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Councillor to campaign against Sherborne street lights switch-off

By Western Gazette - Sherborne  |  Posted: October 04, 2012

Councillor Anne O'Grady

Councillor Anne O’Grady has pledged to spearhead a campaign to reverse the money-saving street light switch-off in the town after being inundated with pleas from fearful residents as well as suffering a scary experience herself in the darkness

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A town councillor says she will campaign against a street-light switch-off in Sherborne after being inundated with pleas from worried residents.

Councillor Anne O’Grady, 73, of Ridgeway, was approached by residents scared for the safety of loved ones after the town’s streets were plunged into darkness as part of a county-wide money-saving scheme.

She said people have asked her if she can organise a petition against the changes.

Mrs O’Grady said: “I have had people coming up to me in the street saying they are scared for the safety of their family members, particularly their older relatives.”

She said her decision to fight the changes was also motivated by her own experience.

She said: “I had been babysitting for a friend and it was past midnight when I left.

“It was only a short walk to my house but I’d forgotten the switch-off had started and did not have a torch.

“It was like walking into hell. I was absolutely terrified and I could not see in front of me.

“If someone had come up behind me and attacked me I would have been dead.”

Dorset County Council organised the switch-off in a bid to reduce energy bills as part of plans to save £57m over three years.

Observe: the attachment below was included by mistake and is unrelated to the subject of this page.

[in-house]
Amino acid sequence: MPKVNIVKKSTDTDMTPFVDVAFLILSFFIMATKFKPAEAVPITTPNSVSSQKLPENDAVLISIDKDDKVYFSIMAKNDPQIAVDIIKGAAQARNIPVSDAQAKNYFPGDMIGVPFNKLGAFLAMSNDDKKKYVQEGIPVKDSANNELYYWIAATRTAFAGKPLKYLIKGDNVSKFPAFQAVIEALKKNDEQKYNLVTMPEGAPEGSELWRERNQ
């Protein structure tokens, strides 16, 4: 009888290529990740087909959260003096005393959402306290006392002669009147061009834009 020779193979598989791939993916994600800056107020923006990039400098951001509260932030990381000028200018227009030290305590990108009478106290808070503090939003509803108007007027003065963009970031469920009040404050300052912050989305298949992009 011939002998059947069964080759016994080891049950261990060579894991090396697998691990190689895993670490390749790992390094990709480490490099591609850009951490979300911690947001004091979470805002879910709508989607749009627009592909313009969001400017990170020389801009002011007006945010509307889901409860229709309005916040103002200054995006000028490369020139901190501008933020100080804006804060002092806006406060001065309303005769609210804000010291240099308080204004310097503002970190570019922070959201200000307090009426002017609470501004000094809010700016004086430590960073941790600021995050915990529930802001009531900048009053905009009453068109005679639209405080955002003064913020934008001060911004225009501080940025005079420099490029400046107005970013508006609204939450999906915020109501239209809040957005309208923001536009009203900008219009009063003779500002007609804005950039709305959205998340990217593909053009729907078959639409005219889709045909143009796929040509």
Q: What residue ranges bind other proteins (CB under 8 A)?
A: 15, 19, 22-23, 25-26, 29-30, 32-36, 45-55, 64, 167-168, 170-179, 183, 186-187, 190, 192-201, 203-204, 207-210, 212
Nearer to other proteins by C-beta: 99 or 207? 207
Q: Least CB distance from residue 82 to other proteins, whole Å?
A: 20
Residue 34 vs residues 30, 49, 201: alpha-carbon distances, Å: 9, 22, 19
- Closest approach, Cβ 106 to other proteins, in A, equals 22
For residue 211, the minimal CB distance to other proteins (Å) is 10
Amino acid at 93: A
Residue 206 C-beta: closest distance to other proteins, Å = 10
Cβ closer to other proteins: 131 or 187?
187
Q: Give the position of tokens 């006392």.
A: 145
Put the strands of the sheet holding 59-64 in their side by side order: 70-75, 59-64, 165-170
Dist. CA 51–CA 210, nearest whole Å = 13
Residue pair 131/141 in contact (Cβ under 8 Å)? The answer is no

Areas affected include Ridgeway, Noake Road and Newland. The switch-off takes place between midnight until 5.30am every night but will only switch back on again at 6.30am if it is still dark.

Mrs O’Grady said: “This can only bring disaster especially in the run up to Christmas.

“If people are walking with shopping bags full of presents and money they could be a target in the darkness.

“I live on my own like many others in this area. What kind of life are we living if we can’t go out after midnight?”

Mrs O’Grady had objected to plans for the scheme when they were first discussed last year.

She said: “I had real concerns but I was shouted down.

“I will most definitely be talking about this problem at the next meeting this month.

“Even if we could just have every second light on, that would help.”

Other residents have complained that lights are not coming back on when they should be, making it difficult to walk to work early in the morning.

Town councillor Matt Hall said: “The lights are coming back on at 6.30am but only for five minutes.”

A spate of more than 17 incidents of criminal damage, which took place in the town three nights after the switch-off, sparked fears that the two were linked. Offenders broke house and shop windows.

Police said they also severely damaged cars, garden walls, fences and plant pots at locations including Ridgeway, Springfield Crescent, Newland, Acreman Street, Horsecastles Lane, Greenhill, South Avenue, Lenthay Road, and South Court.

Sergeant Ged Want said police believed the incidents to be isolated.

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